My charge to you is this: Stay true to the art in you which is the art beyond you.
15 August 2015
A scene: we are gathered together, young and old…kids from age 3 to eighth grade, parents in their forties, friends in their twenties.
We make a circle and in the center a story is told with the use of props…some felt, wooden cutouts, a candle, copper wire twisted in the shape of a tree and some stained glass panels. It’s a familiar Bible story…when God speaks to Moses at the burning bush. The story goes that Moses’ name means “drawn out” but here in the desert God draws Moses in. So, Moses comes closer to God, attracted by mystery. But Moses cannot come too close.
God says, “Take off your sandals; this is holy ground.”
Later, we wonder about the story and someone asks why God told Moses to take off his sandals. Then another person asks, “What is holy ground, anyway? What made that ground so special?”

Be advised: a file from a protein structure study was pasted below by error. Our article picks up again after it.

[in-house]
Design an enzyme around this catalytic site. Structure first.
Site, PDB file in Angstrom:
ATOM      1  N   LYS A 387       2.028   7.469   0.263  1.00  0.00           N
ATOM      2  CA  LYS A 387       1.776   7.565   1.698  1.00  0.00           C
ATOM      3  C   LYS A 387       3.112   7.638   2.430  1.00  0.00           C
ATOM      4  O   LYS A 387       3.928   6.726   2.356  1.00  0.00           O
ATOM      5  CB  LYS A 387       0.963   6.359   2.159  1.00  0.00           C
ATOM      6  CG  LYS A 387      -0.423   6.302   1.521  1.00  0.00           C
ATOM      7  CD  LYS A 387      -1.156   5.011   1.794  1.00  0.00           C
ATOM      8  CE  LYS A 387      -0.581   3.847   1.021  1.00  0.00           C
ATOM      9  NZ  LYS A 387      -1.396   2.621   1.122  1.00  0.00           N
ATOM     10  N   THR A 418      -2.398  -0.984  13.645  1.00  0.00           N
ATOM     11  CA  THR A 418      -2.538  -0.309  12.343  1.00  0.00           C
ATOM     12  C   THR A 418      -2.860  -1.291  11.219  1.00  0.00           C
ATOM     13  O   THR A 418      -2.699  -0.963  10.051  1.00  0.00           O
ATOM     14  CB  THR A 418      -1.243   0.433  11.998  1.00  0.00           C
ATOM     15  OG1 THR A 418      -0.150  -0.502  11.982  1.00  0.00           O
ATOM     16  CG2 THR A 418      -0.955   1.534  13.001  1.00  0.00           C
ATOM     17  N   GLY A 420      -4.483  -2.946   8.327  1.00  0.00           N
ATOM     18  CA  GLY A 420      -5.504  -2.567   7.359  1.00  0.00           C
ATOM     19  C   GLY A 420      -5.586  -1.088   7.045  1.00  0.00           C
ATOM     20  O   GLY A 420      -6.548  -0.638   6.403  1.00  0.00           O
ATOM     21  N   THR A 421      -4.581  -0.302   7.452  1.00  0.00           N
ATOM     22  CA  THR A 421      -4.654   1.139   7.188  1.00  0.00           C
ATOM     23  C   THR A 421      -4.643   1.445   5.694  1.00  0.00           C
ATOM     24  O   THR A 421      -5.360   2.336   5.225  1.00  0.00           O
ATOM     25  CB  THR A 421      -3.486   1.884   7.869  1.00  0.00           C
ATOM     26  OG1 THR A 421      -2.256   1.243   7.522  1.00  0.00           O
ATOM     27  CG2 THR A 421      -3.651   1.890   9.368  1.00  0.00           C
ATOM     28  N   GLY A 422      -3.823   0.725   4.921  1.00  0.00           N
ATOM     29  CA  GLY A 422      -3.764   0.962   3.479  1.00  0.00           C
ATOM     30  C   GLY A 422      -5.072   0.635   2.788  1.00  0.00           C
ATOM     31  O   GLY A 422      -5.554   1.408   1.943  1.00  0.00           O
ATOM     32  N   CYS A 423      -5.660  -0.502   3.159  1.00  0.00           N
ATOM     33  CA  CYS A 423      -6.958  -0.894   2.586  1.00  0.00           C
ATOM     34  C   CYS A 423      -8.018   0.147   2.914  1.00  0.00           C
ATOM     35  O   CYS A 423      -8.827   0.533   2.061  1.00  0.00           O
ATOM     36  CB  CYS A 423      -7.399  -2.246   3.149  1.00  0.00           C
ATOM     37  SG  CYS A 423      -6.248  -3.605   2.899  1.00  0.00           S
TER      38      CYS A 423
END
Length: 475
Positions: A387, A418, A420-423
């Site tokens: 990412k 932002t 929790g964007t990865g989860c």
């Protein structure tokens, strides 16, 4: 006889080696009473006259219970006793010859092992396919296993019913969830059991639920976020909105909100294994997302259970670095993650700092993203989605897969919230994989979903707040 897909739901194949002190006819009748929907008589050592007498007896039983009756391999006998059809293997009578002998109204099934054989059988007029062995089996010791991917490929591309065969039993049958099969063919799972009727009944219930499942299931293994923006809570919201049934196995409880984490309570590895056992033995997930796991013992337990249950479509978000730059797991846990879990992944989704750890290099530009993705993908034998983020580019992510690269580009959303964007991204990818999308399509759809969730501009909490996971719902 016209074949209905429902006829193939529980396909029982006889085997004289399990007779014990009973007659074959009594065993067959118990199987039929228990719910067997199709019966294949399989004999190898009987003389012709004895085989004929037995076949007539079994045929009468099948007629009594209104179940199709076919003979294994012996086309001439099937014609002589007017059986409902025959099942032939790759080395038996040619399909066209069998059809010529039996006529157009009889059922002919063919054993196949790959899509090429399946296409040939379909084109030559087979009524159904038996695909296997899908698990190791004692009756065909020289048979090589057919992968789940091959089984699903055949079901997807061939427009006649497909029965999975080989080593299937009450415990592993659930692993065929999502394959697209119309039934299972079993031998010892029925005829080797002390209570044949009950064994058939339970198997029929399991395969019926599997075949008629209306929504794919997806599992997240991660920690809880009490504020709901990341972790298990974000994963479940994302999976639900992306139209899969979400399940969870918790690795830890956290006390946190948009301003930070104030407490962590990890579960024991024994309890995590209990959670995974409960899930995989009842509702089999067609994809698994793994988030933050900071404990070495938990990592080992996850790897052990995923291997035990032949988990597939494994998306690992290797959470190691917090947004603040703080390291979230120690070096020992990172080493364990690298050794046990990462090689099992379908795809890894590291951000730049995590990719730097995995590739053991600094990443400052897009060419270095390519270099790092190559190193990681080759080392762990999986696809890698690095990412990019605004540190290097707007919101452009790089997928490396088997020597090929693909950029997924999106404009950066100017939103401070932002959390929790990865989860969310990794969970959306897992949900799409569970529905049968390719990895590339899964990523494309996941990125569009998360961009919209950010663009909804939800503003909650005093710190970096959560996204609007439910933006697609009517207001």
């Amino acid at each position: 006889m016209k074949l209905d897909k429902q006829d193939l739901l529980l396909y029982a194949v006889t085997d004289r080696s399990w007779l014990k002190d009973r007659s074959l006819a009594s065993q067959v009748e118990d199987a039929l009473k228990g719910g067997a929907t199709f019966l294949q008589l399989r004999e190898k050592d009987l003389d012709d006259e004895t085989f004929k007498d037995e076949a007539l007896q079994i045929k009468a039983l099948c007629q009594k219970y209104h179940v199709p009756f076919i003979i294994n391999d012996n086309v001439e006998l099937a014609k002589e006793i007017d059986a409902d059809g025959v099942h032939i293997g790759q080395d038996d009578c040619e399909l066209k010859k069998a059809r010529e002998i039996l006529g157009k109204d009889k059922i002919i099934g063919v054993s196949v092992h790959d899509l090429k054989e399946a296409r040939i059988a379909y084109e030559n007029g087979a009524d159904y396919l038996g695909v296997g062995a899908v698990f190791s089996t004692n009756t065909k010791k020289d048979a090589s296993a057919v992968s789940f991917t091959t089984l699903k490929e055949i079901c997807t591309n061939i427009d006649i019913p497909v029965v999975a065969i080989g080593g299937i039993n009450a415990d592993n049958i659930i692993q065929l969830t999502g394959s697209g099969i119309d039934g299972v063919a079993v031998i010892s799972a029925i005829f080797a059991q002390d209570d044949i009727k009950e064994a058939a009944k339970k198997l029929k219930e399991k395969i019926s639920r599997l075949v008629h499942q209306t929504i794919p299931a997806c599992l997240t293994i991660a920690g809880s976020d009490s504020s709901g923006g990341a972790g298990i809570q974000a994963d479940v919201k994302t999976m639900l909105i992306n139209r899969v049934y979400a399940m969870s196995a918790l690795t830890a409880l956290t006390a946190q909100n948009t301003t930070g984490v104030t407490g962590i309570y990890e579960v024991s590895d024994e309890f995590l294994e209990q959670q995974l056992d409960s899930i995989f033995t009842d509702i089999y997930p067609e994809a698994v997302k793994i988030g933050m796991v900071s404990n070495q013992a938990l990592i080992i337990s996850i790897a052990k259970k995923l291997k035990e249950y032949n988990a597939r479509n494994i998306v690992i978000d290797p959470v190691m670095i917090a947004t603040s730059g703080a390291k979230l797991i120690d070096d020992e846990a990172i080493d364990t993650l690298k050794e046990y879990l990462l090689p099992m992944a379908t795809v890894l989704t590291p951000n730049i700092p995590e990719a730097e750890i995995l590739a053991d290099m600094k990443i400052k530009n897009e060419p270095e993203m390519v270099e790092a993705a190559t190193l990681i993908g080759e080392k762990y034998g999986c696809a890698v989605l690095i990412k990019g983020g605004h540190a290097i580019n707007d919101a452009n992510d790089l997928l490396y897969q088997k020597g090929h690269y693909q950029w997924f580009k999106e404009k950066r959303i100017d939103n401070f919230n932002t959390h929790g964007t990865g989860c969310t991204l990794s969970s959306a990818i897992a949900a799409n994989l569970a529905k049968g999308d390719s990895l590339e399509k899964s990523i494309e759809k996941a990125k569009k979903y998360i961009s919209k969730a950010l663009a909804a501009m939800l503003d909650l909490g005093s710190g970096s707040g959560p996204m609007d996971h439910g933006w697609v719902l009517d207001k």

We made some interesting observations. Meanwhile, the three-year old played quietly, contentedly in the lap of his sixth-grade friend.
Then I asked, “I wonder what it feels like to be on holy ground?”
Without hesitation, one of the adults said, “I know. Like that.”
He pointed to the little child, playing.
We knew his answer was perfect.
PlayFull exists to help people and organizations play from the inside-out. We offer training in a unique kind of children’s ministry that integrates the formation of young and old. Write Troy Cady for more information.
14 August 2015